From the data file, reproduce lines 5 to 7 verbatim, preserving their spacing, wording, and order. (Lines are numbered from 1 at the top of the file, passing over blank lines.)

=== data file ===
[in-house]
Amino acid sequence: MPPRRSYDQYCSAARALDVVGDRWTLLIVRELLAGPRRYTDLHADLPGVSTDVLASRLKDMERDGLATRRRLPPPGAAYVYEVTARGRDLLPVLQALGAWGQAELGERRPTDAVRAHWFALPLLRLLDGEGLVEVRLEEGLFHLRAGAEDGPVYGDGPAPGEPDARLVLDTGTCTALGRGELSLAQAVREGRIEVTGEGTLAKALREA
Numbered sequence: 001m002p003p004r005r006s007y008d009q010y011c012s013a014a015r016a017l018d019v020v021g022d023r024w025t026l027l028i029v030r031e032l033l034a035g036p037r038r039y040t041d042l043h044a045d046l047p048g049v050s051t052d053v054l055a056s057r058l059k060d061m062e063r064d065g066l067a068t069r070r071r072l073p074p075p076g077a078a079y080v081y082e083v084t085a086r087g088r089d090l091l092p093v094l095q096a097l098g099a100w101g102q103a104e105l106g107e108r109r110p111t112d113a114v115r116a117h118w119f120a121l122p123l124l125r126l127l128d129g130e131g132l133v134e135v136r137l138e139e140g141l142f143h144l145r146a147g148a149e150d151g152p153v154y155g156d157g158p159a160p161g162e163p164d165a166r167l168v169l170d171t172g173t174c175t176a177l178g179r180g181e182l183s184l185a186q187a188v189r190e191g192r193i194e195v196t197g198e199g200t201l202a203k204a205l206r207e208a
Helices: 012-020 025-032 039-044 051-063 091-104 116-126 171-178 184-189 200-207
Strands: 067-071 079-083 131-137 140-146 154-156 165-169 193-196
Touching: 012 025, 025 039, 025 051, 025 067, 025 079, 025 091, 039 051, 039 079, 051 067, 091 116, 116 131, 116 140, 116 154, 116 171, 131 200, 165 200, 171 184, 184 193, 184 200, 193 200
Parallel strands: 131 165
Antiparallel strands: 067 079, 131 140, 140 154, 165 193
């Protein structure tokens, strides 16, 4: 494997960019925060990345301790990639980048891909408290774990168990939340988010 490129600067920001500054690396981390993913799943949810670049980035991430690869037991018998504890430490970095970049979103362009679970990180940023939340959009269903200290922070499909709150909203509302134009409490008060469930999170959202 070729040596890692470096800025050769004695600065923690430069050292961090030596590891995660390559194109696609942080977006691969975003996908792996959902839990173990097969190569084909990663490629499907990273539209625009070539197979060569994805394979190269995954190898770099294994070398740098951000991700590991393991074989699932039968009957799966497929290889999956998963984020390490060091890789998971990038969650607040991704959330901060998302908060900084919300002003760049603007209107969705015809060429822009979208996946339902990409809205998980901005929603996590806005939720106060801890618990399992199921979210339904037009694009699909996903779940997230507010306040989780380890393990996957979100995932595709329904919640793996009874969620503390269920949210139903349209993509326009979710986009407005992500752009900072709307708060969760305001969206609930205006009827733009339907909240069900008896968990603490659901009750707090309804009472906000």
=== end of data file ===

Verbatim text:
Strands: 067-071 079-083 131-137 140-146 154-156 165-169 193-196
Touching: 012 025, 025 039, 025 051, 025 067, 025 079, 025 091, 039 051, 039 079, 051 067, 091 116, 116 131, 116 140, 116 154, 116 171, 131 200, 165 200, 171 184, 184 193, 184 200, 193 200
Parallel strands: 131 165